Through concise biographies, explorations of filmographies, and captivating still shots, Jeanine Basinger offers remarkable insight into both the on- and offscreen lives of the cinema's first stars. Basinger shows an incredible knack for getting past the average movie fan's barriers to appreciating silent film actors: the larger-than-life acting style, frequently goofy plots, and general difficulty in finding films of all but a few luminaries like Charlie Chaplin and Buster Keaton. Deft plot synopses, careful explanations of the skills needed for silent acting, and a genuine affection for the movies she's describing allow Basinger to give the reader a real sense of why these early actors were so beloved--and why they are so deserving of tribute. Mary Pickford, long unfairly maligned for playing saccharine little girls, is revealed to be a shrewd and highly professional performer, involved in every aspect of film production, careful to expand beyond her audience's expectations of her, and possessing deft comic flair. The lives and careers of two silent cowboys, the soulfully stoic William S. Hart and the flamboyant Tom Mix, are also compared and contrasted--oddly enough, to the detriment of neither. The book also covers the great sex symbols like Pola Negri and Rudolph Valentino and takes a welcome dive into the comedies of Mack Sennett. Equally engaging as browsing material or a cover-to-cover read, Silent Stars
gives voice to both the sung and unsung pioneers of film. --Ali Davis
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From Publishers Weekly
Rudolph Valentino, Gloria Swanson, Tom Mix and dozens of others are the "forgotten, misunderstood, and underappreciated" stars whom film historian Basinger (A Woman's View, etc.) profiles in her excellent tribute to the silent film era. No tell-all, this book recreates the excitement the actors provoked while illustrating the nature of their appeal. Colleen Moore's onscreen transformation from maiden to flapper "is the exact story of what happened to the American girl" in the 1920s; tight-lipped William S. Hart provided the "first and truest face in the Old American West on film." Basinger also discerns the strengths lost in historical caricature: Mary Pickford's roles revealed a range far beyond that of "America's Sweetheart"; Marion Davies's successful career belies her legacy as inspiration for the off-key singer Susan Alexander in Citizen Kane. Not surprisingly, a recurrent theme is the ephemerality of fame. Not only do most silent stars' careers (famously, John Gilbert's) end with the talkies, but the near-obscurity of these actors today suggests that, for anyone, it's a mere four generations from footlight to footnote. While Basinger's blend of erudition and reportage often translates into an impersonal style, it is redeemed by her love of the subject and a Margaret Dumont-like lack of irony that allows her to assert, "The astonishing thing about watching Rin-Tin-Tin is that you begin to agree that this dog could act." Learned and wholehearted, the book is classic Basinger fare: effortless history that sets no fires but quickly establishes its necessity. 285 photos. Main selection of Eagle Book Club's Movie and Entertainment Book Club.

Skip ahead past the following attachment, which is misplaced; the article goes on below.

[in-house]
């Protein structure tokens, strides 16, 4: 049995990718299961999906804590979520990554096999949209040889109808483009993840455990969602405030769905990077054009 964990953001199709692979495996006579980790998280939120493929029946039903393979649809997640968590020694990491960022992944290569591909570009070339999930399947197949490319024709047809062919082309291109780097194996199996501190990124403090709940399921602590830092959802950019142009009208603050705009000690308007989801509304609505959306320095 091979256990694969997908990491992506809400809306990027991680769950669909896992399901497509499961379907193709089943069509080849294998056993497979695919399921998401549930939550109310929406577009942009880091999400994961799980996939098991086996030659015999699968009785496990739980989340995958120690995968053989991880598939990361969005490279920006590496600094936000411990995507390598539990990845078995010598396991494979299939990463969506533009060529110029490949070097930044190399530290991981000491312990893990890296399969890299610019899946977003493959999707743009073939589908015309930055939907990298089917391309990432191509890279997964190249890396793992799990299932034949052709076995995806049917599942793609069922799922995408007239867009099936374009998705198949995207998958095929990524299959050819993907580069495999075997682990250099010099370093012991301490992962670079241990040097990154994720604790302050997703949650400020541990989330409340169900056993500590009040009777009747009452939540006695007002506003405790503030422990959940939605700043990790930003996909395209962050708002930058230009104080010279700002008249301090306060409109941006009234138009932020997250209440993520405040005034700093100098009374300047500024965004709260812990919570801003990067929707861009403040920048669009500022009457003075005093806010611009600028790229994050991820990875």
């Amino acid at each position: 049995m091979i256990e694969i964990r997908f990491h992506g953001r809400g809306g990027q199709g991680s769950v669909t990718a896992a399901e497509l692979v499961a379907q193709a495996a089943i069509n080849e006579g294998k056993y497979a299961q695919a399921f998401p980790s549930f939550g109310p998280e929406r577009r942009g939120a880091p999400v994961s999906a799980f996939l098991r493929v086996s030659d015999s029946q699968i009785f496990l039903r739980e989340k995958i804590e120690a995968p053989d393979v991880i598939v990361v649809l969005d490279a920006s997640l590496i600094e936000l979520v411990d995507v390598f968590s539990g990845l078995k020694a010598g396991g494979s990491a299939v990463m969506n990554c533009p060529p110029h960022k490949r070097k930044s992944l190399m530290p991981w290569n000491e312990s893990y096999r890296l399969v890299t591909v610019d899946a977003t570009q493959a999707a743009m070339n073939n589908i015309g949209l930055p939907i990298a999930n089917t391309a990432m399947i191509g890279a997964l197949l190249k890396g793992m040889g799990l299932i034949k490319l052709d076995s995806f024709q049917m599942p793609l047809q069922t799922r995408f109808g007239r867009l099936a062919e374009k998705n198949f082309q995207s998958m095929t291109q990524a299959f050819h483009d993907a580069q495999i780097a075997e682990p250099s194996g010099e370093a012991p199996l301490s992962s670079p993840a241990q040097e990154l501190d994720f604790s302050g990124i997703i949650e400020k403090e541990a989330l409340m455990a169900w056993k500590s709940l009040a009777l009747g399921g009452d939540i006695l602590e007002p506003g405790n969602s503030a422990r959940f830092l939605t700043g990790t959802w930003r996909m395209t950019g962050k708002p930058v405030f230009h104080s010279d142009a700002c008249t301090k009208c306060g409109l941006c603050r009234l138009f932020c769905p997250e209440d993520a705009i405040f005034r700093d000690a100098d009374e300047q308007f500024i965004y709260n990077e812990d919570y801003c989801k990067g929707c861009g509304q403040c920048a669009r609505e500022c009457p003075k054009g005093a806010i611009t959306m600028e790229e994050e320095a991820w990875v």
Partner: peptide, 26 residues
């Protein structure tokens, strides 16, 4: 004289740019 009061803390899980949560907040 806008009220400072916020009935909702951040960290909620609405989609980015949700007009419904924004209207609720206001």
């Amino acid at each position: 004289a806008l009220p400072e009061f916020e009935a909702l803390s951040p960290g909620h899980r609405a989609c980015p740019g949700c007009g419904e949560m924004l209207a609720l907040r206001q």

Copyright 1999 Reed Business Information, Inc.
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